When I first heard that they wanted me to volunteer to help administer our village’s war room, I resisted.
Most of the men in the moshav (village) had already been called up into the IDF reserves. Those who were not became the moshav’s armed standby defensive squad, and they guard the moshav around the clock.
The rest of the residents were called upon to volunteer in other things required these days, as is the case in other Israeli moshav and kibbutz villages.
The Hebrew acronym “Hamal” – Cheder Milchama – means war room. I saw no connection between me and war. I want peace; I want to live out the beauty in the world. The word war immediately evokes for me connotations of suffering, darkness, cold and death.
It is true that there is a war going on, and my three sons and son-in-law are serving in the IDF. It is true that the security situation in Israel is challenging, and that people are in a kind of existential anxiety.
You can see similar behavior in most people, when the electricity goes out, and it gets dark and the blinds are closed all over the house.
Israelis now lock their doors at all hours of the day and night. Many built fences, upgraded their door locks, and the security and equipment of their bomb shelter rooms.
I also behaved like this in some respects. A sense of chaos and fear of the unknown raged inside me, and yet something in me refused to accept the fact that there is a war. I found completely justified reasons why I shouldn’t join the moshav’s war room.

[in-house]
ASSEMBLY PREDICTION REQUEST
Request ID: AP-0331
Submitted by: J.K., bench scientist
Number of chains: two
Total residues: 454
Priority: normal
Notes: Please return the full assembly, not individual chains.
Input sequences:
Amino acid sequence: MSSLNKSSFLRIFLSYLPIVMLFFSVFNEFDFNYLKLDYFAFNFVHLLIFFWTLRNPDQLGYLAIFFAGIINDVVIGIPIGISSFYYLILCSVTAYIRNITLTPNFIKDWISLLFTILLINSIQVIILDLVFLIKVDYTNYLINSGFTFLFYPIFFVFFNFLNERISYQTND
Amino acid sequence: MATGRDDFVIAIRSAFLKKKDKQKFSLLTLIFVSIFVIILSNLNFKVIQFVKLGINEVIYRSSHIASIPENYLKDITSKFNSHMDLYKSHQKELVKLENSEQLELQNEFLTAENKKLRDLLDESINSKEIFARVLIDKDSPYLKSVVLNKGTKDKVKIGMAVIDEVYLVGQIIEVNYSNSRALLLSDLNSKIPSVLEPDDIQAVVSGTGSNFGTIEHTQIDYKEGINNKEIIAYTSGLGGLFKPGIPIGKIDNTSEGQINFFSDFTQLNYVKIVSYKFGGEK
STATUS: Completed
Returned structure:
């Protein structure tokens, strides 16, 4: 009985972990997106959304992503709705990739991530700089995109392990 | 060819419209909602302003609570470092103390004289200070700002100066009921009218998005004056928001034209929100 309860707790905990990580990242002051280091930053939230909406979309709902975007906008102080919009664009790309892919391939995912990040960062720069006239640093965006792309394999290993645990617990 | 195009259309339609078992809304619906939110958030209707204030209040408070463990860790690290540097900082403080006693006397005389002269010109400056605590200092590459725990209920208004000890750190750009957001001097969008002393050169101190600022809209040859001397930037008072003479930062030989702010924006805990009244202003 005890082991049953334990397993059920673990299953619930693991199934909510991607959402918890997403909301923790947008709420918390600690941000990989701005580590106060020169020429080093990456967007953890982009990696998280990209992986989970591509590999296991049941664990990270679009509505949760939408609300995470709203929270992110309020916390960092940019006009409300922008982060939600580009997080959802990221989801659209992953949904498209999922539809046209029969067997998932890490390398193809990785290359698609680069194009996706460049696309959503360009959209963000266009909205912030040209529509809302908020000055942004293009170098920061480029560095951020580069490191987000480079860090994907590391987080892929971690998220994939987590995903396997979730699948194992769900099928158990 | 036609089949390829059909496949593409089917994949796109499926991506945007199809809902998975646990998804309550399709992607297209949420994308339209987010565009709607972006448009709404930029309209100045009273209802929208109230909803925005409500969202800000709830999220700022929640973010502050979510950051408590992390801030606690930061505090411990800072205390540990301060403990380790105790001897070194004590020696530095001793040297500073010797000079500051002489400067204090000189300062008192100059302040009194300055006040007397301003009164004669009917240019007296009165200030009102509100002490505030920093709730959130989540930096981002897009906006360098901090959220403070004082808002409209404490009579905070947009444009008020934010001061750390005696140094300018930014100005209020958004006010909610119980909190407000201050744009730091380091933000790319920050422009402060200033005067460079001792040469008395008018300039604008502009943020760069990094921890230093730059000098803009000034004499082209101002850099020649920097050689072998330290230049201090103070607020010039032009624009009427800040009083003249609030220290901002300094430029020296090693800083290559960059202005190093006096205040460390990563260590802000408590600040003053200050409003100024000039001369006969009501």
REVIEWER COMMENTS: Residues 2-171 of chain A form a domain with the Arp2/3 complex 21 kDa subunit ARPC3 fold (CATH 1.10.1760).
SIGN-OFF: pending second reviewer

But as the days passed, and the “Hamal” became fully operational, and residents started taking shifts; something in me softened. I digested the fact that we are currently in unusual times.
It is true that my ambition is for peace, but as the prophet Jeremiah said, sometimes we long for peace and it is not happening.
“Peace, peace, and there is no peace” (Jeremiah 8:11)
I looked reality straight in the eye and understood with emotion that we are currently in a state of war. And as soon as logic and emotion connected, my resistance began to wane; and I agreed to take shifts in the war room. At first I signed up for night shifts (on call from home) and then day shifts in the war room (located in the moshav office).
The war room’s main function is to receive phone calls from residents about suspicious events happening in the area. For example: incessant barking of dogs that can indicate intruders; or sightings of light aircraft; suspicious people walking around, etc.
The war room receives the information, and each “alarm” has a protocol for how to respond.
It starts with notifying the security officer, and may also include activating the standby squad, and calling the external security forces, police, MDA emergency medical services, IDF, fire brigade and more.
This is an important role that begins first of all with alerting the relevant authorities regarding each incident, and continues until the residents are calmed down, before panic can set in. During these shifts, I get to know many wonderful people from the moshav that I had not met before. Thank God there is not a lot of activity in our war room. So there is a lot of time for conversations, even for knitting and comforting idle chatter. People from the moshav come in and out all the time. And, I now realize how much this room adds to the feeling of security for the residents. It is helping us to regain our sense of existential confidence and to move the anxieties aside.
This is the order of the hour.
Israel Today Membership
Save 18% Per Month.
Six Months Membership
Save 9% Per Month.